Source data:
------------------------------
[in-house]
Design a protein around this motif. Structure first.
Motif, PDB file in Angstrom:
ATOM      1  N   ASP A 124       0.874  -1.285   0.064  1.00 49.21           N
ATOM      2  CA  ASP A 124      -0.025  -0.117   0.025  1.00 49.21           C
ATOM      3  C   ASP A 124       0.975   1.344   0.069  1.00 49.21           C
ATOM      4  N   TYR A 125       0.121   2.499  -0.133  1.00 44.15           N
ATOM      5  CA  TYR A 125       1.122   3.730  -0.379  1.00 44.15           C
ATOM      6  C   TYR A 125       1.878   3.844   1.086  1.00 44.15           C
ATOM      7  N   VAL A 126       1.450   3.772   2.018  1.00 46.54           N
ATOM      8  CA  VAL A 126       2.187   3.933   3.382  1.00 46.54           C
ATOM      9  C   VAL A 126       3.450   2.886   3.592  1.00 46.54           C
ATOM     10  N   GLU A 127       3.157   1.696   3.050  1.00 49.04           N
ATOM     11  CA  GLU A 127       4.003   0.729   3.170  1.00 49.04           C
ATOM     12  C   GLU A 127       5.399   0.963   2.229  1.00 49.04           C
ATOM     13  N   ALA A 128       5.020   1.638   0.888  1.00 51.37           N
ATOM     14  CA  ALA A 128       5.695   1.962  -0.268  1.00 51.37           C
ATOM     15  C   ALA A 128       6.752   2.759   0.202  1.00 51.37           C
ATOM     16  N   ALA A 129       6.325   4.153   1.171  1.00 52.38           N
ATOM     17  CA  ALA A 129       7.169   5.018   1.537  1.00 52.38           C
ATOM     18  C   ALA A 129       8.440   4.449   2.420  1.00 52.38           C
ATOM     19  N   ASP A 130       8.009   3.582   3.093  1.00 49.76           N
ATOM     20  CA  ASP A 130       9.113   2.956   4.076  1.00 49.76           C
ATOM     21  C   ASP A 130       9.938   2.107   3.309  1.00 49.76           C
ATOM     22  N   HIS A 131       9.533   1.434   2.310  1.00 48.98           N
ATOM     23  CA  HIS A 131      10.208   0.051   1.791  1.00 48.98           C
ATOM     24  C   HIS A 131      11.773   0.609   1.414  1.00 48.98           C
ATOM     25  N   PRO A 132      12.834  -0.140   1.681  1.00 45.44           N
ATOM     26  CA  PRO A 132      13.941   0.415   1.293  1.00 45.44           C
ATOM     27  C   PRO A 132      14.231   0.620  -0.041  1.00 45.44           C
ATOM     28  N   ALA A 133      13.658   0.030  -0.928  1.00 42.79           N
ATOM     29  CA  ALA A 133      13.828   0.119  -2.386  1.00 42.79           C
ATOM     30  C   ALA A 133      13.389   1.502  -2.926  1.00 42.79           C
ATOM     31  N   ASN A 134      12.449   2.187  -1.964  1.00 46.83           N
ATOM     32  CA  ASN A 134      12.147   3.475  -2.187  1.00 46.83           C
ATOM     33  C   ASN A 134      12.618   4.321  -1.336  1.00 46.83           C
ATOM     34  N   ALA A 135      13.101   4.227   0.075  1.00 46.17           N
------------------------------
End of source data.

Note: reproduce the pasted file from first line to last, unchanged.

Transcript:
[in-house]
Design a protein around this motif. Structure first.
Motif, PDB file in Angstrom:
ATOM      1  N   ASP A 124       0.874  -1.285   0.064  1.00 49.21           N
ATOM      2  CA  ASP A 124      -0.025  -0.117   0.025  1.00 49.21           C
ATOM      3  C   ASP A 124       0.975   1.344   0.069  1.00 49.21           C
ATOM      4  N   TYR A 125       0.121   2.499  -0.133  1.00 44.15           N
ATOM      5  CA  TYR A 125       1.122   3.730  -0.379  1.00 44.15           C
ATOM      6  C   TYR A 125       1.878   3.844   1.086  1.00 44.15           C
ATOM      7  N   VAL A 126       1.450   3.772   2.018  1.00 46.54           N
ATOM      8  CA  VAL A 126       2.187   3.933   3.382  1.00 46.54           C
ATOM      9  C   VAL A 126       3.450   2.886   3.592  1.00 46.54           C
ATOM     10  N   GLU A 127       3.157   1.696   3.050  1.00 49.04           N
ATOM     11  CA  GLU A 127       4.003   0.729   3.170  1.00 49.04           C
ATOM     12  C   GLU A 127       5.399   0.963   2.229  1.00 49.04           C
ATOM     13  N   ALA A 128       5.020   1.638   0.888  1.00 51.37           N
ATOM     14  CA  ALA A 128       5.695   1.962  -0.268  1.00 51.37           C
ATOM     15  C   ALA A 128       6.752   2.759   0.202  1.00 51.37           C
ATOM     16  N   ALA A 129       6.325   4.153   1.171  1.00 52.38           N
ATOM     17  CA  ALA A 129       7.169   5.018   1.537  1.00 52.38           C
ATOM     18  C   ALA A 129       8.440   4.449   2.420  1.00 52.38           C
ATOM     19  N   ASP A 130       8.009   3.582   3.093  1.00 49.76           N
ATOM     20  CA  ASP A 130       9.113   2.956   4.076  1.00 49.76           C
ATOM     21  C   ASP A 130       9.938   2.107   3.309  1.00 49.76           C
ATOM     22  N   HIS A 131       9.533   1.434   2.310  1.00 48.98           N
ATOM     23  CA  HIS A 131      10.208   0.051   1.791  1.00 48.98           C
ATOM     24  C   HIS A 131      11.773   0.609   1.414  1.00 48.98           C
ATOM     25  N   PRO A 132      12.834  -0.140   1.681  1.00 45.44           N
ATOM     26  CA  PRO A 132      13.941   0.415   1.293  1.00 45.44           C
ATOM     27  C   PRO A 132      14.231   0.620  -0.041  1.00 45.44           C
ATOM     28  N   ALA A 133      13.658   0.030  -0.928  1.00 42.79           N
ATOM     29  CA  ALA A 133      13.828   0.119  -2.386  1.00 42.79           C
ATOM     30  C   ALA A 133      13.389   1.502  -2.926  1.00 42.79           C
ATOM     31  N   ASN A 134      12.449   2.187  -1.964  1.00 46.83           N
ATOM     32  CA  ASN A 134      12.147   3.475  -2.187  1.00 46.83           C
ATOM     33  C   ASN A 134      12.618   4.321  -1.336  1.00 46.83           C
ATOM     34  N   ALA A 135      13.101   4.227   0.075  1.00 46.17           N